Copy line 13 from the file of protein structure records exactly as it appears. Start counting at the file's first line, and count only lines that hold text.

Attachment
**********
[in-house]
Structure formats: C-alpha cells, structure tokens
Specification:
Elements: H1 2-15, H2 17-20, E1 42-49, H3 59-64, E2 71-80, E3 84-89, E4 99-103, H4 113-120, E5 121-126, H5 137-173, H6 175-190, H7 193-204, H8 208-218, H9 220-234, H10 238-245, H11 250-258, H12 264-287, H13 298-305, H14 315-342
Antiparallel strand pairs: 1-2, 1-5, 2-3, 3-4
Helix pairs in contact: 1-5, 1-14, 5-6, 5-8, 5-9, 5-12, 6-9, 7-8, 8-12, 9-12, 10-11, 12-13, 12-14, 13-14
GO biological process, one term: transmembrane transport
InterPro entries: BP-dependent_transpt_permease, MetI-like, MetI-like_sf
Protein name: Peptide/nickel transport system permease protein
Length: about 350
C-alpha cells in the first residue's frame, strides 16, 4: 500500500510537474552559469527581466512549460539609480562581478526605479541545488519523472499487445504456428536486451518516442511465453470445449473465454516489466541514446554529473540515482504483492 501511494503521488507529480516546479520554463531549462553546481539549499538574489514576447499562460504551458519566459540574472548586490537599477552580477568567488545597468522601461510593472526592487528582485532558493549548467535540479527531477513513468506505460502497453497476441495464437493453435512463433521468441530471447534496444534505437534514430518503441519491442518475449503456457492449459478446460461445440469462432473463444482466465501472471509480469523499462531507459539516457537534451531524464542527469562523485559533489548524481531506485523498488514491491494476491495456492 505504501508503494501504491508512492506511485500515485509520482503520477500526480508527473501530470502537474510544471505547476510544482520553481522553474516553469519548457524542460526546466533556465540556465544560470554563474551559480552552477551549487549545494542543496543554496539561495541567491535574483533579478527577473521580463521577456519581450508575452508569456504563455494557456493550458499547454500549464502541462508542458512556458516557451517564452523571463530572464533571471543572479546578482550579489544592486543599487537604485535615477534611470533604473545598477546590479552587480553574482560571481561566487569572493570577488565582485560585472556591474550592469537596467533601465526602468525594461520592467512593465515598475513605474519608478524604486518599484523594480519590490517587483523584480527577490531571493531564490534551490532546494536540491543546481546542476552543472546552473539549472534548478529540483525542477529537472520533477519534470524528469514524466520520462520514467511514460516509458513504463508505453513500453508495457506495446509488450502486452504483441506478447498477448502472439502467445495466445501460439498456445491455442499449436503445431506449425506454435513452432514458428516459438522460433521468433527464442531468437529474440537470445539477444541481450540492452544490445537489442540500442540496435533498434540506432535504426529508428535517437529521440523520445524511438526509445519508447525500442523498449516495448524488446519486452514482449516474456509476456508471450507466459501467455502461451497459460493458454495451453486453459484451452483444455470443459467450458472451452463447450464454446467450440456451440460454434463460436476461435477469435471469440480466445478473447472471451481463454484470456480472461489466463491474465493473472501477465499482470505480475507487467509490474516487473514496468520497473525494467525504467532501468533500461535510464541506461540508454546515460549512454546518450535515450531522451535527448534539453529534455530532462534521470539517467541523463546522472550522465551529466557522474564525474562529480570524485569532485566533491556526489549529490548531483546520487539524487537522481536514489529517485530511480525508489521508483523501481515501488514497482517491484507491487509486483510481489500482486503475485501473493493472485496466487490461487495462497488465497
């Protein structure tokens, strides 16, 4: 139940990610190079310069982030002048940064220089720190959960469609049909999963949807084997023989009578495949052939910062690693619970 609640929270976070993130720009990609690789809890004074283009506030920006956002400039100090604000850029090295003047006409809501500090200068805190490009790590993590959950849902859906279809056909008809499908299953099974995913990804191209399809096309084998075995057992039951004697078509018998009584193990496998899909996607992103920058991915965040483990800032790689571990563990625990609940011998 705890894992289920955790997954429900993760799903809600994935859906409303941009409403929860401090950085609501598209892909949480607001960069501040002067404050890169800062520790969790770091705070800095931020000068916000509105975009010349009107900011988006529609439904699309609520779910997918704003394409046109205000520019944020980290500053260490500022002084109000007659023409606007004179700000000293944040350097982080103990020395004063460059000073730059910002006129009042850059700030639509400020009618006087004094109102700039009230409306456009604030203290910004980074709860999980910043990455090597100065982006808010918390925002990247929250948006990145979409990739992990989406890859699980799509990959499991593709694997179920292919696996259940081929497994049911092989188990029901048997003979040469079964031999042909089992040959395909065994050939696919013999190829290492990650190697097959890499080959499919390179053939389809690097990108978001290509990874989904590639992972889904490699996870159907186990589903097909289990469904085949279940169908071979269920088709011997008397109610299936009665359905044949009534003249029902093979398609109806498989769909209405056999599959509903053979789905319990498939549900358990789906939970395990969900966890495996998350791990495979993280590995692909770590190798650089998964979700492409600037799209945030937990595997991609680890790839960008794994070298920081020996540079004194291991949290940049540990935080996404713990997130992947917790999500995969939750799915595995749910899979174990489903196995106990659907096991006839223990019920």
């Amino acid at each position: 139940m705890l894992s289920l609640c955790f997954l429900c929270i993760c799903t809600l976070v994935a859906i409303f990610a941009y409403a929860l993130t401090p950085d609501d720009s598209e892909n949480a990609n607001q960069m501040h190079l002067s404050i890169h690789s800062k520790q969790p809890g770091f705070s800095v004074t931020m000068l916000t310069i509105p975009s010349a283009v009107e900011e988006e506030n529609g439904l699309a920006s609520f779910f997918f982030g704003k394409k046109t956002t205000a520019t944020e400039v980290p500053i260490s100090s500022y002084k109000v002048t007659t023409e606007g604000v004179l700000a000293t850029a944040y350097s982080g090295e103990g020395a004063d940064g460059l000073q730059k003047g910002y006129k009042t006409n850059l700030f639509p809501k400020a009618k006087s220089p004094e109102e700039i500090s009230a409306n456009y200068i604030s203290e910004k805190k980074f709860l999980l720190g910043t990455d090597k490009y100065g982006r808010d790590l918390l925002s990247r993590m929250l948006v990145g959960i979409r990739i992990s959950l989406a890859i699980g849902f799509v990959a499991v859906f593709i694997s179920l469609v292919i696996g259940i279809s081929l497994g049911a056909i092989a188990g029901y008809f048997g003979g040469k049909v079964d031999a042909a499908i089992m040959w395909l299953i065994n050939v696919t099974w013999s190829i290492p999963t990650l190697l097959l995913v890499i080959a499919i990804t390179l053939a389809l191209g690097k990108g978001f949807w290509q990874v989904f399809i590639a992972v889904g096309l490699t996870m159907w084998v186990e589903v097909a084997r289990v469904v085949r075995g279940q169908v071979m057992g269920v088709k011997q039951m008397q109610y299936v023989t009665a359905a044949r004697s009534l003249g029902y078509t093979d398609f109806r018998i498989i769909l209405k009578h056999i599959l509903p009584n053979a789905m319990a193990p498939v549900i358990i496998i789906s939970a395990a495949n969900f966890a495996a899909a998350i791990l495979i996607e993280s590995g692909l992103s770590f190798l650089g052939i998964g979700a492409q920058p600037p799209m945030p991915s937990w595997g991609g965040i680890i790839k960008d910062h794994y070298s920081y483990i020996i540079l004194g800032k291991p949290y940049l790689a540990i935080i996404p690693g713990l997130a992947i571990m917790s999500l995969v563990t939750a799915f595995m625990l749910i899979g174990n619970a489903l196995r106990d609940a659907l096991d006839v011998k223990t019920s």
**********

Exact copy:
């Amino acid at each position: 139940m705890l894992s289920l609640c955790f997954l429900c929270i993760c799903t809600l976070v994935a859906i409303f990610a941009y409403a929860l993130t401090p950085d609501d720009s598209e892909n949480a990609n607001q960069m501040h190079l002067s404050i890169h690789s800062k520790q969790p809890g770091f705070s800095v004074t931020m000068l916000t310069i509105p975009s010349a283009v009107e900011e988006e506030n529609g439904l699309a920006s609520f779910f997918f982030g704003k394409k046109t956002t205000a520019t944020e400039v980290p500053i260490s100090s500022y002084k109000v002048t007659t023409e606007g604000v004179l700000a000293t850029a944040y350097s982080g090295e103990g020395a004063d940064g460059l000073q730059k003047g910002y006129k009042t006409n850059l700030f639509p809501k400020a009618k006087s220089p004094e109102e700039i500090s009230a409306n456009y200068i604030s203290e910004k805190k980074f709860l999980l720190g910043t990455d090597k490009y100065g982006r808010d790590l918390l925002s990247r993590m929250l948006v990145g959960i979409r990739i992990s959950l989406a890859i699980g849902f799509v990959a499991v859906f593709i694997s179920l469609v292919i696996g259940i279809s081929l497994g049911a056909i092989a188990g029901y008809f048997g003979g040469k049909v079964d031999a042909a499908i089992m040959w395909l299953i065994n050939v696919t099974w013999s190829i290492p999963t990650l190697l097959l995913v890499i080959a499919i990804t390179l053939a389809l191209g690097k990108g978001f949807w290509q990874v989904f399809i590639a992972v889904g096309l490699t996870m159907w084998v186990e589903v097909a084997r289990v469904v085949r075995g279940q169908v071979m057992g269920v088709k011997q039951m008397q109610y299936v023989t009665a359905a044949r004697s009534l003249g029902y078509t093979d398609f109806r018998i498989i769909l209405k009578h056999i599959l509903p009584n053979a789905m319990a193990p498939v549900i358990i496998i789906s939970a395990a495949n969900f966890a495996a899909a998350i791990l495979i996607e993280s590995g692909l992103s770590f190798l650089g052939i998964g979700a492409q920058p600037p799209m945030p991915s937990w595997g991609g965040i680890i790839k960008d910062h794994y070298s920081y483990i020996i540079l004194g800032k291991p949290y940049l790689a540990i935080i996404p690693g713990l997130a992947i571990m917790s999500l995969v563990t939750a799915f595995m625990l749910i899979g174990n619970a489903l196995r106990d609940a659907l096991d006839v011998k223990t019920s």